Niagara home prices see significant first-quarter growth

The survey also found the aggregate price of a home in Calgary rose 0.6 per cent to $461,635 in the first quarter, while the price of a home in Edmonton followed a similar trend, rising 0.3 per cent to $381,733.

"The overall Canadian market is healthier in 2017 than it has been in years, yet the downside risks are greater too", concluded Soper.

The aggregate price of a home in the GTA increased 20 per cent to $759,241, but in Richmond Hill, the price surged to $1,209,741.

The torrid pace of home-price appreciation in much of Ontario contributed nearly half of the national aggregate home-price increase in the first quarter, with the rest of Canadian appreciating by a healthy, but much lower, 6.4 per cent year-over-year when excluding all Ontario-based regions. "With their higher pre-existing home values and wages, a $250,000 purchase can be made with relative ease, causing inventory to be snatched up nearly as quickly as it hits the market".

Two-storey home prices increased by 1.3 per cent to $422,848, while bungalows saw a small decrease, dropping 2.1 per cent to $236,254, compared to the same period past year.

Royal LePage CEO Phil Soper says the housing correction in Vancouver began seven months ago, around the time that the B.C. government introduced a 15 per cent tax on foreign nationals buying real estate in the city.

'Ottawa doesn't have the big peaks and the big valleys, ' said Royal LePage broker of record John Rogan. Commentary on housing and forecast values are provided by Royal LePage residential real estate experts, based on their opinions and market knowledge.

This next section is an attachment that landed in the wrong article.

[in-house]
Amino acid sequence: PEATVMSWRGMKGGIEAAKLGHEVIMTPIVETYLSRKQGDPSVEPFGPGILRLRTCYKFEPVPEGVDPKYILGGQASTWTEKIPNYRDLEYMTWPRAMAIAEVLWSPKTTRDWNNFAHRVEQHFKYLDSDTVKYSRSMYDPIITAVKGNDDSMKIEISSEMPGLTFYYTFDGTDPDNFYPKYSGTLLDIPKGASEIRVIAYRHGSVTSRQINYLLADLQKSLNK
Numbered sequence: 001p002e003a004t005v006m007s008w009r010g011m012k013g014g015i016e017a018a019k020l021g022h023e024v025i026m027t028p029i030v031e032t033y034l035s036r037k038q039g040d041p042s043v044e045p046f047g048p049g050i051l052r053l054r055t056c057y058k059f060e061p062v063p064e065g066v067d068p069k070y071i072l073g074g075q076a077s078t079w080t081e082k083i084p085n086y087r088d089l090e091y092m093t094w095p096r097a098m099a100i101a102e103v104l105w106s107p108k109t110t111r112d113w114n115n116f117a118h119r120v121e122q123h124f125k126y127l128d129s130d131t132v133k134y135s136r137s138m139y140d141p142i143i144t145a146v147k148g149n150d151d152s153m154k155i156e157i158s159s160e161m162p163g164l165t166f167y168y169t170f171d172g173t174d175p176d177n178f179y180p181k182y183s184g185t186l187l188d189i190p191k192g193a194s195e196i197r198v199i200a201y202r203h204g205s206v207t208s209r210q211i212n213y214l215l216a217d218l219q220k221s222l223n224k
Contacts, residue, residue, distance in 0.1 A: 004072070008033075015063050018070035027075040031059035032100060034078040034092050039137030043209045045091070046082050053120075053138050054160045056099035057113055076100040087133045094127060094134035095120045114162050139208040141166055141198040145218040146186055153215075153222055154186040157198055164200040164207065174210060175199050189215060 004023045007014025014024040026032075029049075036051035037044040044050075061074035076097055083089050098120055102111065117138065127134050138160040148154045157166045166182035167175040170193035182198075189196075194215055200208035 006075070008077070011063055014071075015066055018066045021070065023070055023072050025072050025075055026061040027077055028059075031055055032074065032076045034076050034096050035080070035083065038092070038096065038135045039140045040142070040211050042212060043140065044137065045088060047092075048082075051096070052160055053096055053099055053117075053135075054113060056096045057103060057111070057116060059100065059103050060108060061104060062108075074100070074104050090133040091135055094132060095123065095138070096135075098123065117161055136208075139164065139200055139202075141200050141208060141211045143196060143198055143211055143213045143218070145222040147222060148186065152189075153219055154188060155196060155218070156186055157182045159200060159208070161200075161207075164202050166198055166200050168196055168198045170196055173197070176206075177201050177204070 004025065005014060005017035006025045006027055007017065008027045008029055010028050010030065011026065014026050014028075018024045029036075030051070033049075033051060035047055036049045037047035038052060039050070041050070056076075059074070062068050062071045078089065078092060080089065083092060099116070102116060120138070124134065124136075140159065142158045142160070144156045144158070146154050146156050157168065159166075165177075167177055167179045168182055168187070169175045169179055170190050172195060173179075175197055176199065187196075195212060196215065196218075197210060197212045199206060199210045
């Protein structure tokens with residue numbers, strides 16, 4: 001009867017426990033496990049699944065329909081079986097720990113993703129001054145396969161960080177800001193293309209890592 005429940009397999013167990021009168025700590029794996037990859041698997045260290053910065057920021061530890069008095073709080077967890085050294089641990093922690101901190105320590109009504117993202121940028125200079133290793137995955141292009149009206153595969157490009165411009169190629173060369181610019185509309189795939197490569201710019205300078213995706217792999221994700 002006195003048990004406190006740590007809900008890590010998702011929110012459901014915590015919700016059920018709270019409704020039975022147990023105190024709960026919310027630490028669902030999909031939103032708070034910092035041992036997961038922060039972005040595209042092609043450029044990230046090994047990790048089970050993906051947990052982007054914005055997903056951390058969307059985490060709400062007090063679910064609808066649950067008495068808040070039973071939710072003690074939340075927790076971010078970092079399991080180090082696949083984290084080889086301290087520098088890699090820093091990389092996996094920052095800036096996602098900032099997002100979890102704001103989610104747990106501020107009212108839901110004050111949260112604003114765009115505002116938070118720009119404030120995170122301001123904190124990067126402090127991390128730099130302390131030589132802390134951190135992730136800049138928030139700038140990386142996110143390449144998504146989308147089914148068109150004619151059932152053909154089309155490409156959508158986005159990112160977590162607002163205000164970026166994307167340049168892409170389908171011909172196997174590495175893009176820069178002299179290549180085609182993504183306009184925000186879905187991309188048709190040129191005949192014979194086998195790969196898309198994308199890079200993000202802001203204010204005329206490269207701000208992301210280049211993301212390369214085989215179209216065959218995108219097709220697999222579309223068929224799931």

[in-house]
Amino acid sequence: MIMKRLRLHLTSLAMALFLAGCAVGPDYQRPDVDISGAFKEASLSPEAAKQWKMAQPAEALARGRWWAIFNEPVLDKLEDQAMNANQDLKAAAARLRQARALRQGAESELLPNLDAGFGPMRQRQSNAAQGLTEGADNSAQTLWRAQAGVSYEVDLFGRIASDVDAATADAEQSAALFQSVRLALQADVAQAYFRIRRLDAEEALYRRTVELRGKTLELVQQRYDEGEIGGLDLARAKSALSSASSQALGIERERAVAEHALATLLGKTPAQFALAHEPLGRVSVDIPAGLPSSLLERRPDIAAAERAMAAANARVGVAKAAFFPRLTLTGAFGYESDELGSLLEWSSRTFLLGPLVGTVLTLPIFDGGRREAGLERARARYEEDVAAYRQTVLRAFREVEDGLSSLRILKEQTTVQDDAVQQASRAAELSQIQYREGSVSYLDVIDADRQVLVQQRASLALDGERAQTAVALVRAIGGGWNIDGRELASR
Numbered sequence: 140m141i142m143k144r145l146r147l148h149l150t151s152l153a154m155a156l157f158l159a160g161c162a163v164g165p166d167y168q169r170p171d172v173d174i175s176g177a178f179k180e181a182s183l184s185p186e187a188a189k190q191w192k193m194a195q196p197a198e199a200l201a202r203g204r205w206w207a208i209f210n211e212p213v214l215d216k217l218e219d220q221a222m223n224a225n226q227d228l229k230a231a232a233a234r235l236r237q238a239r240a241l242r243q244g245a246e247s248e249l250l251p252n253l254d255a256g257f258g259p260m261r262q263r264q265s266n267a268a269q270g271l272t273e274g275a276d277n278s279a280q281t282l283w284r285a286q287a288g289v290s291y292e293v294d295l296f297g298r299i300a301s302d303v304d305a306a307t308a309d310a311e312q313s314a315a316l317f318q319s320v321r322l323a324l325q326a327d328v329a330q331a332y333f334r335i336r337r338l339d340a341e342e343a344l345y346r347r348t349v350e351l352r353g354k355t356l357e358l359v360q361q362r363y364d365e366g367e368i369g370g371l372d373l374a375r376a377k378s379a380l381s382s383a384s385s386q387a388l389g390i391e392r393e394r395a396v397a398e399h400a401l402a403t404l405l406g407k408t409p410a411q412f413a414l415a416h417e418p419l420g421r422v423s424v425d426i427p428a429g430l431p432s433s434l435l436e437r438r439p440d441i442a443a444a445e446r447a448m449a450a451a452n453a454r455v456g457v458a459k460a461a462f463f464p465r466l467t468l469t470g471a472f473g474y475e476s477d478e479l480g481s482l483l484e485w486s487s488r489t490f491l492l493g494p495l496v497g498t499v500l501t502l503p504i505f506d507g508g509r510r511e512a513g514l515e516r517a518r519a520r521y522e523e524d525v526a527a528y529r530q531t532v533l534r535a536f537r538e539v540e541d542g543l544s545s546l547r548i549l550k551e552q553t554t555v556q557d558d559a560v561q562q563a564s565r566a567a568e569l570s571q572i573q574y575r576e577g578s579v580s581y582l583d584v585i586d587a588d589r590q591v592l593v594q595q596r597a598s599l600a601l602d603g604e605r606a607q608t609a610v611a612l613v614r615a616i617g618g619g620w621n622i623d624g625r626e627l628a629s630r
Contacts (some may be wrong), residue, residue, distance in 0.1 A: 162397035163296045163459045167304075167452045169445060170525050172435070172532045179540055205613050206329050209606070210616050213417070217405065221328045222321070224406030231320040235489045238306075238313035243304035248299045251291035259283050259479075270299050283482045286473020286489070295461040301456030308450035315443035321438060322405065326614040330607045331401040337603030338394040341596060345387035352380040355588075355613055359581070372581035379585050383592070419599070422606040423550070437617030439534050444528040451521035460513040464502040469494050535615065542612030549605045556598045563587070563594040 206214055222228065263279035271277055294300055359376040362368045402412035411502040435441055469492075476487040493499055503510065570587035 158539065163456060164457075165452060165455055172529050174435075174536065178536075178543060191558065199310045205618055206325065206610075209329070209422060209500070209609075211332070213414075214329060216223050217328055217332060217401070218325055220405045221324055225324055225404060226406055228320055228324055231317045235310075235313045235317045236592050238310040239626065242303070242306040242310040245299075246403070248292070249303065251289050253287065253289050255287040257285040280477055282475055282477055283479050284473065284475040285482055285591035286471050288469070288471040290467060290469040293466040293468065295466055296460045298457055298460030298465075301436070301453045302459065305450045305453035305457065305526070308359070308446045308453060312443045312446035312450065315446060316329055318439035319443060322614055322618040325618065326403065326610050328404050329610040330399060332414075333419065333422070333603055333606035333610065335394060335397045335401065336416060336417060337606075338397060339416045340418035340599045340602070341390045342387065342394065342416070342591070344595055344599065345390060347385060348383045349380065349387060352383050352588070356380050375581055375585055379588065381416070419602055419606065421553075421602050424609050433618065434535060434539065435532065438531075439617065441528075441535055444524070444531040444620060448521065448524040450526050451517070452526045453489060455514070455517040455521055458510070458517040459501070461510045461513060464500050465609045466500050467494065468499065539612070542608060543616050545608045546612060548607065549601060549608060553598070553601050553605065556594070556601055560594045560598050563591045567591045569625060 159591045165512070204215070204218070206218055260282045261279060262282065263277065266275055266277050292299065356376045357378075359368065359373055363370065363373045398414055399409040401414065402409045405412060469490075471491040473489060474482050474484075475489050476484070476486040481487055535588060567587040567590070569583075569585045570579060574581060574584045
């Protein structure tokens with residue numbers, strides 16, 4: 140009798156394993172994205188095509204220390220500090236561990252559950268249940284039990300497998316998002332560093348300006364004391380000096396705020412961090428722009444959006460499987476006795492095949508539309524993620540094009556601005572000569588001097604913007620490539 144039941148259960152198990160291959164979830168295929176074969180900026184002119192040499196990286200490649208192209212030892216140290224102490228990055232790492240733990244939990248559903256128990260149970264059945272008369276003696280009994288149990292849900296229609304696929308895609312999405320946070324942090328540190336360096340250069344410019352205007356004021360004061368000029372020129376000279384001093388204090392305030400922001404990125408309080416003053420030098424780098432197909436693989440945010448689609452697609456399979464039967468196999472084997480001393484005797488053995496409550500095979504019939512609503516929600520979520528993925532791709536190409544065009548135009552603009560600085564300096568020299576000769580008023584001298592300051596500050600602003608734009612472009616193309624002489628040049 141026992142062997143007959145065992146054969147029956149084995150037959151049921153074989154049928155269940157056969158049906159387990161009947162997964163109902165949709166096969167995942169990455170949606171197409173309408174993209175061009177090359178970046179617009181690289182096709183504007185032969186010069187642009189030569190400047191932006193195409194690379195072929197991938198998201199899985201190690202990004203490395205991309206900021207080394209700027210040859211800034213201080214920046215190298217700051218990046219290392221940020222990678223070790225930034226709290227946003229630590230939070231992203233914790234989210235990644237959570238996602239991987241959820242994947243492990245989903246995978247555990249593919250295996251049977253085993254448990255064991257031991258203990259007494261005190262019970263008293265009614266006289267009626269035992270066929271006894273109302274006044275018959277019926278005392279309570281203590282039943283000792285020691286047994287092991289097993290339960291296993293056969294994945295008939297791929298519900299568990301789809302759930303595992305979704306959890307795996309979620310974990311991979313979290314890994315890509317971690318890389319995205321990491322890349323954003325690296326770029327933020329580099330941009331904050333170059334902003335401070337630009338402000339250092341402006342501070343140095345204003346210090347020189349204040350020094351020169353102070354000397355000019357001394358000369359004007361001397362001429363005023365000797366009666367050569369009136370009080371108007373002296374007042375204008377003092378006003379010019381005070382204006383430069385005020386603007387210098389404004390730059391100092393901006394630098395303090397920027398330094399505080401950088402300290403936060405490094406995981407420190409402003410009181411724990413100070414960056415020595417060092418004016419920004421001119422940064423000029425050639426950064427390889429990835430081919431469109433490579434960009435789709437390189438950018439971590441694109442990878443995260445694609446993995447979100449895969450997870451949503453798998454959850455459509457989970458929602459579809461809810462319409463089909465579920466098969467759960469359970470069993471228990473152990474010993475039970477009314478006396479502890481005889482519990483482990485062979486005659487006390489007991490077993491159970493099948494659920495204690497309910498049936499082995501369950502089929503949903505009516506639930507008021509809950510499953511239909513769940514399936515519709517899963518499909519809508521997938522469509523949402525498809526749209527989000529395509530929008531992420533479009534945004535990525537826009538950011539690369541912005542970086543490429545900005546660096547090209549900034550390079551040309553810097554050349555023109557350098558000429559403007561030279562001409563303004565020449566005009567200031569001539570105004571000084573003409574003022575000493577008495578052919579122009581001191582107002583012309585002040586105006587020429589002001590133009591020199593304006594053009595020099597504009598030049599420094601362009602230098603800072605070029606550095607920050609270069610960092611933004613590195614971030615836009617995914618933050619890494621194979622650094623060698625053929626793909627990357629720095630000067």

"The fact remains that many of these regions are not built to support large volumes of demand, causing market conditions in these areas to quickly intensify", Usher adds in the statement.

Mr. Soper said the growth well beyond the Toronto region is being fuelled by Ontario's strong economic performance, with the province now leading Canada in economic growth. Condos rose in value 229.1 per cent to $417,960.

Meanwhile, the price of a condo in Windsor jumped 16.2 per cent to $160,407.

Oshawa, Vaughan, Markham and Oakville followed close behind, posting gains of 28.2 per cent, 25.8 per cent, 23.2 per cent and 23.1 per cent respectively. On average, buyers paid $457,452 for a home.

However, Soper told BNN he would support some type of policy intervention in Ontario, pointing specifically to a speculation tax, which he said would work well in both an overheated and normal market.

Vanessa Coleman